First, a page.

IAB clashes with regulator over Facebook fan comments ruling

15/08/2012

Online trade body the Interactive Advertising Bureau (IAB) Australia has criticised a regulator's decision to hold advertisers responsible for content on social networks. The organisation representing online advertising has questioned the decision by the advertising watchdog to make businesses liable for comments made on their Facebook pages claiming the ruling will be a burden and “hurt” the development of social media.

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Last week, the Advertising Standards Board ruled that a Facebook brand page is an advertisement in a case involving a successful complaint filed against VB, a beer brewed by Fosters, and another regarding Smirnoff, Diageo's vodka line, which was dismissed.

It looked at whether questions posed by VB and the resulting user comments, and photos uploaded by Smirnoff and replies from consumers, were overly sexual, discriminatory, contained inappropriate language or promoted irresponsible drinking.

The judgment states that comments made by ''fans'' of a brand's Facebook page were ads and must therefore comply with industry self-regulatory codes and therefore consumer protection laws.
Many large brands use the social media site in order to advertise and get free referrals.
Although the ruling is limited to brands in Australia, its impact could be far-reaching if advertising boards across the world adopt a similar stance to the comments made on brand’s Facebook pages.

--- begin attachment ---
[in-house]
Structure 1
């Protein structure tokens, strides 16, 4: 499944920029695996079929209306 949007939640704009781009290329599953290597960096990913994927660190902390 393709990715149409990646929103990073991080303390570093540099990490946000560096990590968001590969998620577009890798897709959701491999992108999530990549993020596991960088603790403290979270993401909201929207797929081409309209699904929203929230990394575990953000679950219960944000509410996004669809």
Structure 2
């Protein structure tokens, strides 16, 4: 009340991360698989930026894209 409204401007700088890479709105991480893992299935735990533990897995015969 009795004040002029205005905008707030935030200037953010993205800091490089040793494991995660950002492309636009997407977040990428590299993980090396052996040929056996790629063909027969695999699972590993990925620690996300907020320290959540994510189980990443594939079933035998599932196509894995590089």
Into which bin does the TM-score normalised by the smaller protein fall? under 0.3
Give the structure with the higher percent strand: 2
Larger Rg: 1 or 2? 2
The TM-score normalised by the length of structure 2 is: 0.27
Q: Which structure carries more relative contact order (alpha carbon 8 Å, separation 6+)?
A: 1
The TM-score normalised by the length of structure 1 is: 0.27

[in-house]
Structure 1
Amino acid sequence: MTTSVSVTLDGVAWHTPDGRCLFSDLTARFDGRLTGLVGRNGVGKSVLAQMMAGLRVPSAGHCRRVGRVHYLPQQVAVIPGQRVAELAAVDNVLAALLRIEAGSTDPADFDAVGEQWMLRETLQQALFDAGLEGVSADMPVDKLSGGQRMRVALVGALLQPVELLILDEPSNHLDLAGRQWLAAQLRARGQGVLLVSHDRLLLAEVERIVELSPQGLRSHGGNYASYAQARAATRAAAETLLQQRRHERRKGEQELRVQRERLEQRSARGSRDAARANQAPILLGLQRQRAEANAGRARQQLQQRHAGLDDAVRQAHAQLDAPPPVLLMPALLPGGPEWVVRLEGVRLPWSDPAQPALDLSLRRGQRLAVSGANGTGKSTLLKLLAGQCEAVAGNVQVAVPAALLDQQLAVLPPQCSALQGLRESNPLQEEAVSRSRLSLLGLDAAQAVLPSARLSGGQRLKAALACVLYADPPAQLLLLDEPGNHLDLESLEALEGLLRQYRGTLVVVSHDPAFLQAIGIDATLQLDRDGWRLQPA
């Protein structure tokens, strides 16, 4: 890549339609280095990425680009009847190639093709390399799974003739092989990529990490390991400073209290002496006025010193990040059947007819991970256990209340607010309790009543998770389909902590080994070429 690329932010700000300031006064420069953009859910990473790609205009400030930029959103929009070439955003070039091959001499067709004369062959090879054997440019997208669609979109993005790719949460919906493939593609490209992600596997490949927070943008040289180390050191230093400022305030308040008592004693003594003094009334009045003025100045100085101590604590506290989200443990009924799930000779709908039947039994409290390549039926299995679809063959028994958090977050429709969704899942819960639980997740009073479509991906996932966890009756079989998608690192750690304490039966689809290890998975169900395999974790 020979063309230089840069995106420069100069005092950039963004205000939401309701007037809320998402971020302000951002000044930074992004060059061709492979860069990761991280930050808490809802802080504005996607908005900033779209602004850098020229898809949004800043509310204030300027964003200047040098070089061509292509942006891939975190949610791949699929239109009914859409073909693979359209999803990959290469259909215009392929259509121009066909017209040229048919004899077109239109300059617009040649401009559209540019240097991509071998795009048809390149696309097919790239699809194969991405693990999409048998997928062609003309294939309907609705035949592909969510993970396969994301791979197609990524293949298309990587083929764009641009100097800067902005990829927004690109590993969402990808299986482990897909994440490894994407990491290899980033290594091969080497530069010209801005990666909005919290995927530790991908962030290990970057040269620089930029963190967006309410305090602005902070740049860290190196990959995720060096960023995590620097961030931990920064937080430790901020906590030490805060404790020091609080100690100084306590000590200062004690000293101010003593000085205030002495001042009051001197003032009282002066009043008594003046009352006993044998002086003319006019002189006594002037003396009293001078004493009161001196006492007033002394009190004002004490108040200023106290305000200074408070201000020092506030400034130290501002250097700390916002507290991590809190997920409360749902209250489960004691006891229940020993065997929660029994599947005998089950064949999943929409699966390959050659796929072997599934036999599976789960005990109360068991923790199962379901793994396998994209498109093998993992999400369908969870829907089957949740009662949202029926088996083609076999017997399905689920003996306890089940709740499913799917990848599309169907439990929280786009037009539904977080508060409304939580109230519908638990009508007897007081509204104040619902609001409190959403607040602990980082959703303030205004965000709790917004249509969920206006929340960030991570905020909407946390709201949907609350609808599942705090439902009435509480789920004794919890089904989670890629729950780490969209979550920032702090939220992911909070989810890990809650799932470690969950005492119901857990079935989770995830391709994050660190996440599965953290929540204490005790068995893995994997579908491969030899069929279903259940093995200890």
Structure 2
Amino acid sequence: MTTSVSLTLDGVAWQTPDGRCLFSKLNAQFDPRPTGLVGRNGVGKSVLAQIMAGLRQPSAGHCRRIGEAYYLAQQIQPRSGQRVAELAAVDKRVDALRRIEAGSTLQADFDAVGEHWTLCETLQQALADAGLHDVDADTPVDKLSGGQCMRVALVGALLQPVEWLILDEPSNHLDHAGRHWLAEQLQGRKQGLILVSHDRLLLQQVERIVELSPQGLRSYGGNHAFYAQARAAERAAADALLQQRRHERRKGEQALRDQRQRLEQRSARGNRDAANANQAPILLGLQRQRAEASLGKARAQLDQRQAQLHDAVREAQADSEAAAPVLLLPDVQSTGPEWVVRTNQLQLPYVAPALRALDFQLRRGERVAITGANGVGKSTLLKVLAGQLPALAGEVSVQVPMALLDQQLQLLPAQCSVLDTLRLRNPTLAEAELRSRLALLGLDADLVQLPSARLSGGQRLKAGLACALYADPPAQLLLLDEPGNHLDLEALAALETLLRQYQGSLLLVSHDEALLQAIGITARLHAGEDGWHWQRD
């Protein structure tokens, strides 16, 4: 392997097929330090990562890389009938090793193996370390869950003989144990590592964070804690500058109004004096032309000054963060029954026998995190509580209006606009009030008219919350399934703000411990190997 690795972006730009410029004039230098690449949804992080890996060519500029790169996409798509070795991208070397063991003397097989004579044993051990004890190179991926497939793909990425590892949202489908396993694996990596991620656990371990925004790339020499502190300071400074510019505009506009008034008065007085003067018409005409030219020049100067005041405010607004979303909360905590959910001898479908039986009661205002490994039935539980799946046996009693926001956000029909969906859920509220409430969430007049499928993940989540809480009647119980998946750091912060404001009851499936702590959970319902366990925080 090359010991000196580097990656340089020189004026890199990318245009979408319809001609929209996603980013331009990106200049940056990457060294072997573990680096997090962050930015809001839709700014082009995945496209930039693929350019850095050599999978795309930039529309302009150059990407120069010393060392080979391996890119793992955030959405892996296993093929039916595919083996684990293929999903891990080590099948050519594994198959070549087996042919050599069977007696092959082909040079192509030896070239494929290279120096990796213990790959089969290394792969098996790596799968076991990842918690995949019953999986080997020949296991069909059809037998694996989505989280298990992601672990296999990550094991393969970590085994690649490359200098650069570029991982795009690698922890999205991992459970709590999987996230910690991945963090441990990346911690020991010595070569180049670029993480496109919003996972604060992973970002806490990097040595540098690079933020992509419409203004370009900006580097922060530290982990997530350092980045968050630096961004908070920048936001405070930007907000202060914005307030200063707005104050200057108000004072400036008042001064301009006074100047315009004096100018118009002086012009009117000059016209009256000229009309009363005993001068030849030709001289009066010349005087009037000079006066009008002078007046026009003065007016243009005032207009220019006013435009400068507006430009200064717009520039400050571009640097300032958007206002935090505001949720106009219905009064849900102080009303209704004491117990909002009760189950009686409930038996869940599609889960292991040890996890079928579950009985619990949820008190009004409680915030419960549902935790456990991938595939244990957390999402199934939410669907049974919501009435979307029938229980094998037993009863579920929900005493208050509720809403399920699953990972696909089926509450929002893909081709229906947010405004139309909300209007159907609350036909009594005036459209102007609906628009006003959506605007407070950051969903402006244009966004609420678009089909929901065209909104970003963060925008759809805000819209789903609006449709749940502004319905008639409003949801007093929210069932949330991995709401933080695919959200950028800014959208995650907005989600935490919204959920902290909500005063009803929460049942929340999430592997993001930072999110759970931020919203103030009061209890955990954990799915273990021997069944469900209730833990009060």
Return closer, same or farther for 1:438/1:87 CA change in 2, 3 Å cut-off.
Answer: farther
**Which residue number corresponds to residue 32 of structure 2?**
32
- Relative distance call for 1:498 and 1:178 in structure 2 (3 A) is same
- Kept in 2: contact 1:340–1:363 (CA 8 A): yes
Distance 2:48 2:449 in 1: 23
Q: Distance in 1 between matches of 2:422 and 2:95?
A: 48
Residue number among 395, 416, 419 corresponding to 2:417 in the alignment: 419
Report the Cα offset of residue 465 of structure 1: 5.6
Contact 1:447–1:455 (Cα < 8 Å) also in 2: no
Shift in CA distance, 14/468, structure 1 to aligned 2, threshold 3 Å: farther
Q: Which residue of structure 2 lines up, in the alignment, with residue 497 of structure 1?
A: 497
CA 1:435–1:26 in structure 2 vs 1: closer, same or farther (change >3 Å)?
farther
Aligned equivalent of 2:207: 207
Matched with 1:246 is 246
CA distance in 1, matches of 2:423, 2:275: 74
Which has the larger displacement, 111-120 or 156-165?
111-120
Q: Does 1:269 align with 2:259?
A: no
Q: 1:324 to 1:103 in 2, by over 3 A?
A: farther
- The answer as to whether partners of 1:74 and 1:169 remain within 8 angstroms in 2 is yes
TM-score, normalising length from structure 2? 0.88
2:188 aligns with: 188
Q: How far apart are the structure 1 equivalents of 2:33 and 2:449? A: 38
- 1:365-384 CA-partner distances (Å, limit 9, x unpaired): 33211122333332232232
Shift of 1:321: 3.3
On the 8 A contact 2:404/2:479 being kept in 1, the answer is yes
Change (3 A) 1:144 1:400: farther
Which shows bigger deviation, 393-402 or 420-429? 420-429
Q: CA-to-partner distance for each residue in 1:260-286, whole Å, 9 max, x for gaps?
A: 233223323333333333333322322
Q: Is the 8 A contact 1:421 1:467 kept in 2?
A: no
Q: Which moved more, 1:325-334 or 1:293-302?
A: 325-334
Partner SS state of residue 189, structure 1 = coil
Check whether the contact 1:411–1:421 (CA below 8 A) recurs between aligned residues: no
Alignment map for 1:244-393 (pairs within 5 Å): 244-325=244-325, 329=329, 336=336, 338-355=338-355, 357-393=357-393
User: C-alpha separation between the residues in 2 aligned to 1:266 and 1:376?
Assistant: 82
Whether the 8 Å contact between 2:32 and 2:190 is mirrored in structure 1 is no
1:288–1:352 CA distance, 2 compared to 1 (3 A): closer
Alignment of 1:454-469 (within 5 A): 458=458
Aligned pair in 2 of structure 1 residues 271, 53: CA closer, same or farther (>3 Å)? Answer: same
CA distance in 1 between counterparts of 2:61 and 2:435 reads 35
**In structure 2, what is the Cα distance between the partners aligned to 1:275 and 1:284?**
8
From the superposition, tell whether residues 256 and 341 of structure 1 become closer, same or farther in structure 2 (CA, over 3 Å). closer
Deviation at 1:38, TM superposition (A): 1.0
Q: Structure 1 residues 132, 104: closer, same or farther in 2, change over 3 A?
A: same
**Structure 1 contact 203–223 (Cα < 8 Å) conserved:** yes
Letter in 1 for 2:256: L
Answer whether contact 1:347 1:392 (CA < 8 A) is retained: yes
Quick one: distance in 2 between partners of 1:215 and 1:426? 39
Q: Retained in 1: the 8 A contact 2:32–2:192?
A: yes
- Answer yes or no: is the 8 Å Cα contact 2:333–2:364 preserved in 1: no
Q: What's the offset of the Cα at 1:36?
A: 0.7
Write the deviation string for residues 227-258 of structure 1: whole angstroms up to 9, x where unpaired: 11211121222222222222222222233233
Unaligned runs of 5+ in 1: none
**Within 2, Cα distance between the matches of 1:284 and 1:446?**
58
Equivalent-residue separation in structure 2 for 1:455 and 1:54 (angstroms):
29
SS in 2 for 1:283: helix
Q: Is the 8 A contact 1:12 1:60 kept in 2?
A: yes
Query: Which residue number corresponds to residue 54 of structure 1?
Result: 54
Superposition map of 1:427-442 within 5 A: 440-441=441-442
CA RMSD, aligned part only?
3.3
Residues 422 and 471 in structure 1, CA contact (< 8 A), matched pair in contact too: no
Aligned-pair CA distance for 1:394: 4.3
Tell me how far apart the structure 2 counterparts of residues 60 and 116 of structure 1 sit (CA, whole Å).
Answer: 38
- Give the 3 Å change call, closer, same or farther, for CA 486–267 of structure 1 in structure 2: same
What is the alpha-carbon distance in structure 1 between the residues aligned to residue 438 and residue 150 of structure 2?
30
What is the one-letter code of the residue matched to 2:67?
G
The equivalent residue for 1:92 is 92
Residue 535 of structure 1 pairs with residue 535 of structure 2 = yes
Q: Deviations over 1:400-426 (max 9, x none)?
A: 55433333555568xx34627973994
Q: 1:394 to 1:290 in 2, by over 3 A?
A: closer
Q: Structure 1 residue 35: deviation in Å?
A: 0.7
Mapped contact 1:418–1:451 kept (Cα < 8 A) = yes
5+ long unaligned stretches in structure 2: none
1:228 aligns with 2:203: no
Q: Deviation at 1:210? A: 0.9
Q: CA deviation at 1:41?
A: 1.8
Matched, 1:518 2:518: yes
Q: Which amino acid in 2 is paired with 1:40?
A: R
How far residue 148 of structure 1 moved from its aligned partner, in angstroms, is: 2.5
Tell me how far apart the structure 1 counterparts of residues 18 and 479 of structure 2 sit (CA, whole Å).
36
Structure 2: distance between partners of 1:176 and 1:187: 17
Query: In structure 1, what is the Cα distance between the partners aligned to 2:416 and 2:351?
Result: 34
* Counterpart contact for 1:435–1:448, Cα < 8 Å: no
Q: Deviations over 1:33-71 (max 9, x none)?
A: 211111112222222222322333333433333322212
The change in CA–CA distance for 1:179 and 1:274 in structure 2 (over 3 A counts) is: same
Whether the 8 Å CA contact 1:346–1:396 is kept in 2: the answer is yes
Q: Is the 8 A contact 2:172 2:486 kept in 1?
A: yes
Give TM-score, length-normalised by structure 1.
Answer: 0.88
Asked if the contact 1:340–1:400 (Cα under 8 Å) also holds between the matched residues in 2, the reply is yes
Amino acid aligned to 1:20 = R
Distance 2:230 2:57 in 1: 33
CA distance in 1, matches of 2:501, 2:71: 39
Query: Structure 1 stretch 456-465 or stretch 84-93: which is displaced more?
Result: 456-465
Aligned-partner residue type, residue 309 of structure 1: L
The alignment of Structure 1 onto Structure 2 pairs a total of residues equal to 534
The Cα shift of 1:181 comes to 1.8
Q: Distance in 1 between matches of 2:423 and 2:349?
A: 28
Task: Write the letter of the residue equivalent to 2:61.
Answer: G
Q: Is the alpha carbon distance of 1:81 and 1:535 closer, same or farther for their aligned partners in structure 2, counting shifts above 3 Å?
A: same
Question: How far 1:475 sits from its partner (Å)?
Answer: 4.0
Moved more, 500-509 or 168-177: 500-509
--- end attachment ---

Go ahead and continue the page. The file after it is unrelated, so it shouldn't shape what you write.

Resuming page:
IAB Australia director of regulatory affairs, Samantha Yorke, said: “Businesses who use social media platforms to promote their products and services should consider their options for moderating user generated comments on their pages to manage the image and reputational risks associated with negative user expressions. This risk assessment and any resulting actions undertaken by businesses are best left to businesses to determine on a case by case basis.”

“The global industry standard for social media platforms when managing abuse on their services is ‘notice and take down’. This involves social media platforms and businesses with social media pages promptly investigating reports of abuse and taking appropriate action – such as taking the content down. In addition, there are a range of other tools that these platforms make available to businesses to assist them in their efforts to manage user comments on their pages such as word filters, age gating, and the ability to ban users.

“Social media platforms encourage users to report any objectionable comments using the reporting or escalation tools available on each site and this is the fastest way to make the platform aware of unlawful content and get it taken down."

“The global industry standard for social media platforms when managing abuse on their services is ‘notice and take down’. This involves social media platforms and businesses with social media pages promptly investigating reports of abuse and taking appropriate action – such as taking the content down. In addition, there are a range of other tools that these platforms make available to businesses to assist them in their efforts to manage user comments on their pages such as word filters, age gating, and the ability to ban users.

“Social media platforms encourage users to report any objectionable comments using the reporting or escalation tools available on each site and this is the fastest way to make the platform aware of unlawful content and get it taken down,” said Yorke.

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